So what the hell happened to perceptive content?
Music, in its purest form is therapy, a most fundamental discipline of meditation the human race has, but along the way we altered the magic formula, ultimately changing its destiny as well.
It’s supposed to make you feel good.
Just think of a song that truly means something to you, take out a piece of paper, and jot down five things that come to mind immediately.
Chances are you can come up with more than ten.
That’s the miracle of music; when something unexpected touches the heart.
Much of what I hear today is tainted, biased and so musically inept that when I hear one of these prized gems, I can only wildly shake my head and slobber saliva like an angry PBR bull (which tends to make loved ones around me very uncomfortable).
A rule of thumb for future songwriters regarding lyrics: if it rhymes with shucking but has nothing to do with corn, get out a thesaurus and find another word.
The English language is chock full of them. Really.
It seems that few people write real songs anymore; that is a simple and yet sobering fact, not a generality. If it weren’t for artists like John Mayer and Dave Matthews, I’d have lost my mind by now.
Much of the music today is like bad poetry, arranged, set to a groove from the late eighties, and thrown into a 4,000 track, all digital recorder (yes, all the tracks must be used, read the contract).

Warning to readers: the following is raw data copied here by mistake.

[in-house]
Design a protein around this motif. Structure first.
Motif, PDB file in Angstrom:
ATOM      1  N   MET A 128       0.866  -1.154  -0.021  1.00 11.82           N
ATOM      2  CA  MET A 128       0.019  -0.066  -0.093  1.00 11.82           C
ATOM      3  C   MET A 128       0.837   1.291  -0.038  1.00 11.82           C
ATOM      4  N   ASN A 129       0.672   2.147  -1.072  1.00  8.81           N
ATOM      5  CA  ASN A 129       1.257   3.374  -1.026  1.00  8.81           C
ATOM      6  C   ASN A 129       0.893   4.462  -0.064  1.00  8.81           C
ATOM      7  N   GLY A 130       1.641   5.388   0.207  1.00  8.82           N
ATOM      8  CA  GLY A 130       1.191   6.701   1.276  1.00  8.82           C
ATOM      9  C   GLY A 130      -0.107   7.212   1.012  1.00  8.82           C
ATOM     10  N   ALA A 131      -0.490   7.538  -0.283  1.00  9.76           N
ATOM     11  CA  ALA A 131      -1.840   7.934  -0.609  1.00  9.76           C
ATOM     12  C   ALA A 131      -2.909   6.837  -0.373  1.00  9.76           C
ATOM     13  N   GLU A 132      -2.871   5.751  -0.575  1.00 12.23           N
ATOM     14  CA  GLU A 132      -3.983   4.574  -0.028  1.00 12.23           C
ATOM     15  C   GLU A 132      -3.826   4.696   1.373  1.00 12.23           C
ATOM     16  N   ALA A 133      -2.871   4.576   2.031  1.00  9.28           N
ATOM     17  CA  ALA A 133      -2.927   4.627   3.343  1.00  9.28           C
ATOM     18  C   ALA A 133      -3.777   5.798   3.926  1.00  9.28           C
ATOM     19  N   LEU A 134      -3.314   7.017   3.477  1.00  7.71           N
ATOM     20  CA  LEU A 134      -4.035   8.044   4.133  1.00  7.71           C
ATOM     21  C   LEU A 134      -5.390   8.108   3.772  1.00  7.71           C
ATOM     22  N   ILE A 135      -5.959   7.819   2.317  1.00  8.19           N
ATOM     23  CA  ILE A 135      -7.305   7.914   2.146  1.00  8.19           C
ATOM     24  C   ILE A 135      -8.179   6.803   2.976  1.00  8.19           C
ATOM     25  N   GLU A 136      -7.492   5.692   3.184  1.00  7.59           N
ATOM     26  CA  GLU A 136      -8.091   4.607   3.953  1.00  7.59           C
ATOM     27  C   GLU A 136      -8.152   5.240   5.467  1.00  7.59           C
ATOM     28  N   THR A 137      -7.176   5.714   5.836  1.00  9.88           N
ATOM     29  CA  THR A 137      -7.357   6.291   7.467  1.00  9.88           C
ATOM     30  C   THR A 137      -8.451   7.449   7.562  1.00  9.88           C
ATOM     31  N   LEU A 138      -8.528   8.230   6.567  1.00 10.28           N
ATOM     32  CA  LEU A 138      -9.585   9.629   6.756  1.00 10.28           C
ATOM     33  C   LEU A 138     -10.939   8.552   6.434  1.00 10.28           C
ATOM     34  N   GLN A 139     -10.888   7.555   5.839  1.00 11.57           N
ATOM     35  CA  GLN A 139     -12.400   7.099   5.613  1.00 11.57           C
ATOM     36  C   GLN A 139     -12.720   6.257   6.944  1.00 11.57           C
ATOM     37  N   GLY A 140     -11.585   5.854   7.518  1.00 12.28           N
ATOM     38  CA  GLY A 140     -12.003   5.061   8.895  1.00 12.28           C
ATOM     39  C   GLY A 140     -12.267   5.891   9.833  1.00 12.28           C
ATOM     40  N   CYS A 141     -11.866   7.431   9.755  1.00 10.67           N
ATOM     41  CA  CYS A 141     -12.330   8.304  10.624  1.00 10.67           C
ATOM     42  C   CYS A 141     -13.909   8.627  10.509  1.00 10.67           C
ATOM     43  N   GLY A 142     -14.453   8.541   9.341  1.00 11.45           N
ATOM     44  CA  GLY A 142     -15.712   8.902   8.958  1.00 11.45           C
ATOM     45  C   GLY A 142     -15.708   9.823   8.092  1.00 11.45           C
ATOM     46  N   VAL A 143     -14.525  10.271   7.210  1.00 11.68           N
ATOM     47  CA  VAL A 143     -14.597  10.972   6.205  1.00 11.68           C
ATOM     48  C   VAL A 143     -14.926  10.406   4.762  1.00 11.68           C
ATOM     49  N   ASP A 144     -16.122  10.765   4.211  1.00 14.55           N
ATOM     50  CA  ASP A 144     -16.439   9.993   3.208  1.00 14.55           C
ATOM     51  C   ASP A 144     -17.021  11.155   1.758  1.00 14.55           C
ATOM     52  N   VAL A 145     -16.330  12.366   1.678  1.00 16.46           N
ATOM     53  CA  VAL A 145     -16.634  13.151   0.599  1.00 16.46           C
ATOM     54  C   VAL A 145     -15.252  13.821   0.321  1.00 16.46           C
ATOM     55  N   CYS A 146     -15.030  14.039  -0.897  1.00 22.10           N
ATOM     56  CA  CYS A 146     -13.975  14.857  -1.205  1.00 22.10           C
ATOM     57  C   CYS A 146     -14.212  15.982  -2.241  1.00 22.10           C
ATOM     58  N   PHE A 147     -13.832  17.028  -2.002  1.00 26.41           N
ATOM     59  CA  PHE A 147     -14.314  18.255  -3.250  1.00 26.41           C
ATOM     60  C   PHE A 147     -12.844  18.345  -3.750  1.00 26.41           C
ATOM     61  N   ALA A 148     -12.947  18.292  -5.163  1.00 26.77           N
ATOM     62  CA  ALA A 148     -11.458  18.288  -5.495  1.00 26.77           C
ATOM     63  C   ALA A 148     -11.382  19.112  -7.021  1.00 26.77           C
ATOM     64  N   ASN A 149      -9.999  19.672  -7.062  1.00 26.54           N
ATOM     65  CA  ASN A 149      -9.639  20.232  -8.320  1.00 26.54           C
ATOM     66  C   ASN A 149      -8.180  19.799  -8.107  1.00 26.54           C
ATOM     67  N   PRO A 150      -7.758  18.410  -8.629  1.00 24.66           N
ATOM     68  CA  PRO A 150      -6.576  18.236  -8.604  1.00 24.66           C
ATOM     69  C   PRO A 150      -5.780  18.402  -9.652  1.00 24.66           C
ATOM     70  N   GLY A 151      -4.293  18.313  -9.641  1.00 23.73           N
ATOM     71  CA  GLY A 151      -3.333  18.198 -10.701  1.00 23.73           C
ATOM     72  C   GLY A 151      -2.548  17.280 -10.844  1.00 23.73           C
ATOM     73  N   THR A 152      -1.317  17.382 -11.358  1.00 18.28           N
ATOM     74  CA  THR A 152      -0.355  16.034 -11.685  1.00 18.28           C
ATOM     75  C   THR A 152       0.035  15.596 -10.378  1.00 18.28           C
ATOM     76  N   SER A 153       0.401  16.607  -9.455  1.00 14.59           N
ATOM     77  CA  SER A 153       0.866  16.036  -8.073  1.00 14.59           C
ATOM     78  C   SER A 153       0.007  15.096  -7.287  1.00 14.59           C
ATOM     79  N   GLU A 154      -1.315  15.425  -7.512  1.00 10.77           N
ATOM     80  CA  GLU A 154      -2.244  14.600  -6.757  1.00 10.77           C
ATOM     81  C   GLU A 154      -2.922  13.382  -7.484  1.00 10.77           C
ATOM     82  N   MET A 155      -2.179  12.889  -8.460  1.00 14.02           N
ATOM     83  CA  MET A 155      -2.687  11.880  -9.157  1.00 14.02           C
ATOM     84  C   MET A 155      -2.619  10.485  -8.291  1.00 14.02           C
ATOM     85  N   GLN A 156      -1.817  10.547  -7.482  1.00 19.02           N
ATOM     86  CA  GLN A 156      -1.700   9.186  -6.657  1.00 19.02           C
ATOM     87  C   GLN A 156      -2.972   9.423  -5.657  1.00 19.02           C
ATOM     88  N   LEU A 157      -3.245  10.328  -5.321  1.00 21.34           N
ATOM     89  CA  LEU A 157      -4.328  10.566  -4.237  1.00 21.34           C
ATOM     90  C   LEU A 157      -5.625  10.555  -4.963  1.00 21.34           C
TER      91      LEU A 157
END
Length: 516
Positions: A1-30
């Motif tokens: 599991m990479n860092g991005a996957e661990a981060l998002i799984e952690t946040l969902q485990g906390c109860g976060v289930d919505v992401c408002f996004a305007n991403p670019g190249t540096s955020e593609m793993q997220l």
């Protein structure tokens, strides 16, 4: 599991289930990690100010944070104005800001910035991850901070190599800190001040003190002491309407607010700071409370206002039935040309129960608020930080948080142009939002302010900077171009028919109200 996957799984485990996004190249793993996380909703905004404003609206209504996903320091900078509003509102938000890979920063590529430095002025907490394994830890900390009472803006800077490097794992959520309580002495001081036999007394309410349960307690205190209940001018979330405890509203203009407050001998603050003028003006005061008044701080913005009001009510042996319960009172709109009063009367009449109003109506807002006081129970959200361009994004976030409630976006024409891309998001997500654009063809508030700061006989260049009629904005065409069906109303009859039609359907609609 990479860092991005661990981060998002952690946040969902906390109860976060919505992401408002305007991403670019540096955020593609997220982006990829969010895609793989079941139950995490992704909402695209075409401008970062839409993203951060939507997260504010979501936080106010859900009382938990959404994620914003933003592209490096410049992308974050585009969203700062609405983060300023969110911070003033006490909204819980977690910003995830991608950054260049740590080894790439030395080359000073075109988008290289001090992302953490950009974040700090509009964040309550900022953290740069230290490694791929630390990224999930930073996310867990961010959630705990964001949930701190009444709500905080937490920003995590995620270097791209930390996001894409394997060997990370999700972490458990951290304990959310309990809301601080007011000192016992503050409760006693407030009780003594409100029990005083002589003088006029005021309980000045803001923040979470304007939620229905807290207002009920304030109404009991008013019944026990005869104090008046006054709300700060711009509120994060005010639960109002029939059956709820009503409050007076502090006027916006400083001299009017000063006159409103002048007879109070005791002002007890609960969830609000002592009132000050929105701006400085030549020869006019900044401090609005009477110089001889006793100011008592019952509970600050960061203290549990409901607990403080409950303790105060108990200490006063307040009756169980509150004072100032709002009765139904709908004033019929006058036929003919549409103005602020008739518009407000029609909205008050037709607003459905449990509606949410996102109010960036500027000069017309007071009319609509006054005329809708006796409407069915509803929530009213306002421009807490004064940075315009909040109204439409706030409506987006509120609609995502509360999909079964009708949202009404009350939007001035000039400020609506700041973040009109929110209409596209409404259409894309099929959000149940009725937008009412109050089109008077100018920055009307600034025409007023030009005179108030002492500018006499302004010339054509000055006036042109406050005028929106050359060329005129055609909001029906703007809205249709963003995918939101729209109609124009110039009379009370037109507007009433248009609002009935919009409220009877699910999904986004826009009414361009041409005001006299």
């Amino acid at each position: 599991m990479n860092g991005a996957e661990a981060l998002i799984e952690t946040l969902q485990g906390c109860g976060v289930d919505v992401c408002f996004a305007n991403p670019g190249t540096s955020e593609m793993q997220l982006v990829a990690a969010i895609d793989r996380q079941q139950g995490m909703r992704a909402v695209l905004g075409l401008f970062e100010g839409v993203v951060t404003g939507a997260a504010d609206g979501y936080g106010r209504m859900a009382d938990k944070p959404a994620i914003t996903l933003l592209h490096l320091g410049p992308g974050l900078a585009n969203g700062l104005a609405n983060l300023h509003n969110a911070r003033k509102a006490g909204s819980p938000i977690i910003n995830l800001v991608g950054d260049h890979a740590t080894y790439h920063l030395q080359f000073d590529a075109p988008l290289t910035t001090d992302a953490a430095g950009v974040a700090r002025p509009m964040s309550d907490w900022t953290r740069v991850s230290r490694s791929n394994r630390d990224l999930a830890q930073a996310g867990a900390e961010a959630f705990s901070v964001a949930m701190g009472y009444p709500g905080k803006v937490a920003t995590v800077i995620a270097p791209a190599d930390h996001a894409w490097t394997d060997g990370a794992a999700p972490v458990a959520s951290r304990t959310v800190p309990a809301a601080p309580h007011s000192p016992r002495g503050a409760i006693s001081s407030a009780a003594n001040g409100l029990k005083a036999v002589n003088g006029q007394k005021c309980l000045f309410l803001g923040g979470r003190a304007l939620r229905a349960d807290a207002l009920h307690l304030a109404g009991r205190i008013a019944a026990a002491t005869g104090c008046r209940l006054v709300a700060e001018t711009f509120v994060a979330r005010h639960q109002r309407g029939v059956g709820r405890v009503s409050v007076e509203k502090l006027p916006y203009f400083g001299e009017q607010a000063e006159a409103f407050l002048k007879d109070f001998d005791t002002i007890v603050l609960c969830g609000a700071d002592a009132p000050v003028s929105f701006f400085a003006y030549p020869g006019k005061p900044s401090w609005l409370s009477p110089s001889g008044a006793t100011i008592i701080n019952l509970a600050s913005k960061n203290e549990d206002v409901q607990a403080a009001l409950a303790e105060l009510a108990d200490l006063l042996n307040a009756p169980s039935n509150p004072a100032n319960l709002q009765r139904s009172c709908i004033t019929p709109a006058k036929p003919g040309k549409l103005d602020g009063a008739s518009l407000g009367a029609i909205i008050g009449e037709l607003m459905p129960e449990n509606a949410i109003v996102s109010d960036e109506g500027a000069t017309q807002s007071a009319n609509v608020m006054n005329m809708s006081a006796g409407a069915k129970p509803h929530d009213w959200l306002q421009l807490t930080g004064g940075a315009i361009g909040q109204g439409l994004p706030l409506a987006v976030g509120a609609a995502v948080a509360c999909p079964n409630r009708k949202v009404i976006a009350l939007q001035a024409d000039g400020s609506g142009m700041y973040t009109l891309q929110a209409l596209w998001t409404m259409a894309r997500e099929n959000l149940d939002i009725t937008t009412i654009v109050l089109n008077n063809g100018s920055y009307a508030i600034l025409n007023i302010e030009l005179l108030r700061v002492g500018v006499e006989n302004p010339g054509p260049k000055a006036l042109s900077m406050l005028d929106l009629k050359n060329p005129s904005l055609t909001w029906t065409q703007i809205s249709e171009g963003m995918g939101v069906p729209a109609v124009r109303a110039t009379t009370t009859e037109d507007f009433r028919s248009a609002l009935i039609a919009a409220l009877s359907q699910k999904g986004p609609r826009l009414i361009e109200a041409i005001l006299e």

Recently, while listening to a song on a brand X radio station out of Boston—the exact frequency slips my mind…you’re welcome—I remember thinking to myself, what language is this guy speaking?
I strained to hear anything remotely intelligible.
Musically speaking, the song was as mundane and pedestrian as an arrangement that oozes from a generic portable keyboard purchased at Wal-Mart.
I also thought that somewhere in the midst of this urban cacophony, I could hear the sound of a dog being run over and over, and over again… I’m not positive about that and maybe it’s just me. Somebody call the ASPCA.
The inspiration for this article came to me as I ambled down Main Street a few weeks ago (us old guys don’t walk, we amble…it’s much hipper) when a pulsating sub-compact Toyota Celica loaded with what sounded like two, maybe three 18-inch subwoofers drove past me towards City Hall, emitting music so thunderous it almost knocked down the lady walking next to me.
Initially, I thought it was just wind.
I didn’t get the license plate number because I was too busy bending over to retrieve my own two eyeballs off the sidewalk.
Sound pressure levels that can cause buildings to vibrate precariously…hmm, I wondered if the Slater Building was up to code on that one.
Nope, we are definitely not in Kansas anymore, Toto.
Then there’s the whole debacle surrounding present day artists hiding behind the 5th amendment, and we all can see what a gush of rotting sewage that is, but it doesn’t mean we have to buy a bucketful of it.
When a major proportion of the music available has a “parental advisory” sticker slapped on it, what’s left for those of us who prefer substance in what we listen to?